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11 - Yadayim (Hands)

11 - Yadayim (Hands)

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Mishna - Mas. Yadayim Chapter 1
 
Mishna - Mas. Yadayim Chapter 1
MISHNAH 1. [A MINIMUM OF] A QUARTER [OF A LOG]
1
OF WATER MUST BE POURED
2
OVER THE HANDS
3
[TO BE SUFFICIENT] FOR ONE [PERSON] AND IS EVEN[SUFFICIENT] FOR TWO;
4
A MINIMUM OF HALF
5
A LOG MUST BE POURED OVER THEHANDS [TO BE SUFFICIENT] FOR THREE OR FOUR PERSONS;
6
ONE LOG OR MORE [ISSUFFICIENT] FOR FIVE, TEN, OR ONE HUNDRED PERSONS.
7
R. JOSE SAYS: BUTPROVIDED ONLY THERE IS NOT LESS THAN A QUARTER OF A LOG LEFT FOR THELAST PERSON AMONG THEM. MORE [WATER] MAY BE ADDED TO THE SECONDWATER,
8
BUT MORE MAY NOT BE ADDED TO THE FIRST WATER.
9
 MISHNAH 2. WATER MAY BE POURED OVER THE HANDS OUT OF ANY KIND OFVESSEL, EVEN OUT OF VESSELS MADE OF ANIMAL ORDURE,
10
OUT OF VESSELSMADE OF STONE
10
OR OUT OF VESSELS MADE OF CLAY.
10
WATER MAY NOT BEPOURED FROM THE SIDES OF [BROKEN] VESSELS
11
OR FROM THE BOTTOM OF ALADLE
11
OR FROM THE BUNG OF A BARREL.
12
NOR MAY ANYONE POUR [WATER]OVER THE HANDS OF HIS FELLOW OUT OF HIS CUPPED HANDS BECAUSE ONE MAY NOT DRAW, NOR SANCTIFY,
13
NOR SPRINKLE
14
THE WATER OF PURIFICATION,
15
NOR POUR WATER OVER THE HANDS EXCEPT IN A VESSEL. AND ONLY VESSELS CLOSELYCOVERED WITH A LID PROTECT [THEIR CONTENTS FROM UNCLEANNESS]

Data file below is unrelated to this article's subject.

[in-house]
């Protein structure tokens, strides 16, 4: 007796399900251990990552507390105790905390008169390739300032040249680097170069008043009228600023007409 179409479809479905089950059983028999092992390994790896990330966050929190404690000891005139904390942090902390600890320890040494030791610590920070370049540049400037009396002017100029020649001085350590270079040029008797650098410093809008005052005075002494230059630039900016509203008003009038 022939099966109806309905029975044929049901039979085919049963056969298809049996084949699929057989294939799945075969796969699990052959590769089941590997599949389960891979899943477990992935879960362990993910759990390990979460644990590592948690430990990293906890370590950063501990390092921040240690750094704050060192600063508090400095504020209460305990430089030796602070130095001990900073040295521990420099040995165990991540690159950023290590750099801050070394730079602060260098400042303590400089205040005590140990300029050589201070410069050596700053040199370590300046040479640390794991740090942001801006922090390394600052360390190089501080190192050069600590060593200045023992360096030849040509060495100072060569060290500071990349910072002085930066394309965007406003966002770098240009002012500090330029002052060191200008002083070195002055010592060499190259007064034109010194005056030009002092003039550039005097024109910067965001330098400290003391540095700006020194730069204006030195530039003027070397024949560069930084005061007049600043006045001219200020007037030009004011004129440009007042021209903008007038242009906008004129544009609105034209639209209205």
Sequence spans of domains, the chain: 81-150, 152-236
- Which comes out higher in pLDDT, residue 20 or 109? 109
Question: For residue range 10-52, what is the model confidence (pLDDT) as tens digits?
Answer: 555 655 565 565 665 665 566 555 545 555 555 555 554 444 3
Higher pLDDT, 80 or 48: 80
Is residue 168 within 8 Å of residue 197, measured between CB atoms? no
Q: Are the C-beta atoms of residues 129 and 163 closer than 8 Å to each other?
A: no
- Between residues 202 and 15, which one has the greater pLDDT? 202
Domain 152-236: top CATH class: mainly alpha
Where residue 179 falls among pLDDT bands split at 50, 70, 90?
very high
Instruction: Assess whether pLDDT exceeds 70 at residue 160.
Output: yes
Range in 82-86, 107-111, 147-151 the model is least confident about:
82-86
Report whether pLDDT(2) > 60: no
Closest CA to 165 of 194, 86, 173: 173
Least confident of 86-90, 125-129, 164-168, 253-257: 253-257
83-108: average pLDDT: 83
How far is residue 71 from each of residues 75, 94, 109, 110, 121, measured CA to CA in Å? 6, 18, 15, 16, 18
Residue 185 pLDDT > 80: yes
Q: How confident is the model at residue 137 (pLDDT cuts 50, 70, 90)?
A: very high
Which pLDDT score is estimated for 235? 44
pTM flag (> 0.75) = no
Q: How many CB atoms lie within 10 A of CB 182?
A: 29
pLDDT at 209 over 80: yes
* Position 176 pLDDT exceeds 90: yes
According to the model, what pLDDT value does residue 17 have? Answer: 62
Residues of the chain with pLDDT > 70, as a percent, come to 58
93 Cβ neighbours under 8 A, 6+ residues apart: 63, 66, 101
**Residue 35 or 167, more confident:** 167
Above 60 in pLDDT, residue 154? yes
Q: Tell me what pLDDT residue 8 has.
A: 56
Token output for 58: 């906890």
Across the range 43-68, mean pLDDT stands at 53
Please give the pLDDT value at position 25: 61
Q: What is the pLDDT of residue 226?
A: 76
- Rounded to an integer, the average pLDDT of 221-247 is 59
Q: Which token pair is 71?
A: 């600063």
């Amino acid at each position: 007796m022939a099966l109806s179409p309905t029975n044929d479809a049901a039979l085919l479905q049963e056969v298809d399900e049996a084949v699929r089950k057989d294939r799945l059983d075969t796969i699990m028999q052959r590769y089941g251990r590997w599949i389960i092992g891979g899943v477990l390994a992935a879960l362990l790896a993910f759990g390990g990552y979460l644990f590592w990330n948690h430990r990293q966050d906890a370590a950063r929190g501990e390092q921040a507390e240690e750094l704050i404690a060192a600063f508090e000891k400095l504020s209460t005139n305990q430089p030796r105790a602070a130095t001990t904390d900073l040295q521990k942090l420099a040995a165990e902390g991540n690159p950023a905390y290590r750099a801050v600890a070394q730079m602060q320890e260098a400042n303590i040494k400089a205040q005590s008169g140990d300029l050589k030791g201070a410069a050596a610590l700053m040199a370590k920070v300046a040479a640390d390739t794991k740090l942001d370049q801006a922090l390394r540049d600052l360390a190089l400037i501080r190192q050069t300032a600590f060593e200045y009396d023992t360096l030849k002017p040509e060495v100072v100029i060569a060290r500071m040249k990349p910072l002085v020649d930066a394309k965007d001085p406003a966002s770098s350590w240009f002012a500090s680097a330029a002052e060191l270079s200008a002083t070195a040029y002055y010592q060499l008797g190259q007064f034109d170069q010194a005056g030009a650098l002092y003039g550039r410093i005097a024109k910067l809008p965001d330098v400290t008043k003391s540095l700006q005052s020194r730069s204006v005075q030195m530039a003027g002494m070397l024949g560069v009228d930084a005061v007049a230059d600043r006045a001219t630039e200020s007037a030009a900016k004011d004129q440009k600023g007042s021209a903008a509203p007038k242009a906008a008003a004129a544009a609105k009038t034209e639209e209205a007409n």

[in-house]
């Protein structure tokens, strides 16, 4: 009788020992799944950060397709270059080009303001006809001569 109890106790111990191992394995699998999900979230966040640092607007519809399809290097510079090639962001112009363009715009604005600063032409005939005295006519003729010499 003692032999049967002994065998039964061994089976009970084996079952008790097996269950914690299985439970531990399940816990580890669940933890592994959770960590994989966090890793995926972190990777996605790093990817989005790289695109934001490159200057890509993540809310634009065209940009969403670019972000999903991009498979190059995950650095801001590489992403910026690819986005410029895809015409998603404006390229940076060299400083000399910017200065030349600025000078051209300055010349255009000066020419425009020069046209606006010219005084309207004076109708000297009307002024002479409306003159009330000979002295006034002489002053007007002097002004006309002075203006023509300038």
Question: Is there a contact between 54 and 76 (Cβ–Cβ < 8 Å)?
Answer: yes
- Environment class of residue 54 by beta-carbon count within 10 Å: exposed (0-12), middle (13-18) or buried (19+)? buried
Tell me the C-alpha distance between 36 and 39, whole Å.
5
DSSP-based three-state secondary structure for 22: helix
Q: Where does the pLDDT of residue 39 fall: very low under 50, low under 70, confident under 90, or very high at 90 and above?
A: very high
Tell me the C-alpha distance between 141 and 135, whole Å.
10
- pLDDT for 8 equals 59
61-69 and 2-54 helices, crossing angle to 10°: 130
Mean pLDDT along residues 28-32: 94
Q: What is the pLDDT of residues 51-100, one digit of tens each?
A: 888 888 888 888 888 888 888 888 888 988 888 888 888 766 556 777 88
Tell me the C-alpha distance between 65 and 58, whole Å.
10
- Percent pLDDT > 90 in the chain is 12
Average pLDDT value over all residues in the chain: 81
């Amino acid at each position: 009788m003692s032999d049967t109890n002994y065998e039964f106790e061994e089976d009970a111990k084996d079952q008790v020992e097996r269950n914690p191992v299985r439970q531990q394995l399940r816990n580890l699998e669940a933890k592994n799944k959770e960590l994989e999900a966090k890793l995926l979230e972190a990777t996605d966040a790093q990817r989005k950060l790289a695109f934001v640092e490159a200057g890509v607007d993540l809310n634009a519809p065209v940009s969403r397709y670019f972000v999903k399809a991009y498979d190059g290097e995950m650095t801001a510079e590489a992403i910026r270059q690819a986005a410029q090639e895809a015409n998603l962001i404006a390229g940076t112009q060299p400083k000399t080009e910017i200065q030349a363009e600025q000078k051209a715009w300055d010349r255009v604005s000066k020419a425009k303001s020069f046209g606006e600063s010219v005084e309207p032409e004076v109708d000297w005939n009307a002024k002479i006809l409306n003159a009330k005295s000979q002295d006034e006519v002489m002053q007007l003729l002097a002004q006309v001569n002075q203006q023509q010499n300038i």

16
AND
17
ONLY VESSELS PROTECT [THEIR CONTENTS FROM UNCLEANNESS] FROMEARTHENWARE VESSELS.
18
 MISHNAH 3. IF WATER HAS BECOME SO UNFIT
 
19
THAT IT CANNOT BE DRUNK BYCATTLE, IF IT WAS IN A VESSEL IT IS INVALID,
20
BUT IF IT WAS IN THE GROUND
21
ITIS VALID. IF THERE FELL INTO IT INK, RESIN,
22
OR VITRIOL
23
AND ITS COLOUR CHANGED, IT IS INVALID.
24
IF A PERSON DID ANY WORK WITH IT
25
OR SOAKED HISBREAD THEREIN, IT IS INVALID.
24
SIMEON OF TEMAN SAYS: EVEN IF HE INTENDEDTO SOAK HIS BREAD IN ONE WATER AND IT FELL IN ANOTHER WATER [DO YOUSTILL CONSIDER THE OTHER WATER TO BE INVALID? IN SUCH A CASE I CONSIDER THAT THE OTHER WATER] IS VALID.
26
 MISHNAH 4. IF HE CLEANSED VESSELS THEREIN OR SCRUBBED
 
27
MEASURESTHEREIN, [THE WATER] IS INVALID; IF HE RINSED THEREIN VESSELS WHICH HADALREADY BEEN RINSED OR NEW VESSELS, IT IS VALID. R. JOSE DECLARES IT TO BEINVALID IF THEY WERE NEW VESSELS.
28
 MISHNAH 5. WATER IN WHICH THE BAKER DIPS GELUSK 
20
N
29
IS INVALID;
30
BUT IFHE [MERELY] MOISTENED HIS HANDS THEREIN
31
IT IS VALID. ALL ARE FIT TO POUR WATER OVER THE HANDS, EVEN A DEAF-MUTE, AN IMBECILE, OR A MINOR. APERSON MAY PLACE THE BARREL BETWEEN HIS KNEES AND POUR OUT THEWATER 
32
OR HE MAY TURN THE BARREL ON ITS SIDE AND POUR IT OUT.
33
AN APE
34
MAY POUR WATER OVER THE HANDS. R. JOSE DECLARES THESE [LATTER] TWOCASES INVALID.
35
 ____________________ 
(1)
A log is a liquid measure equal in quantity to the liquid contents of six eggs. Cf. B.B. 90a.
(2)
Lit., ‘they put (water) upon the hands’.
(3)
I.e., in order to cleanse them.
(4)
Even though there may not be as much as a quarter of a log of water remaining to be poured over the hands of thesecond person, it is nevertheless valid, as it originally formed part of the requisite quantity necessary to produce acondition of cleanness. Cf. Hul. 107a.
(5)
Var. lec.: ‘a half log or more’.
 
(6)
According to calculation, the minimum for three should be 3/8, nevertheless half a log was required for fear that each person in concern for those that follow him would economize in the use of water and not wash his hands properly(Bert.).
(7)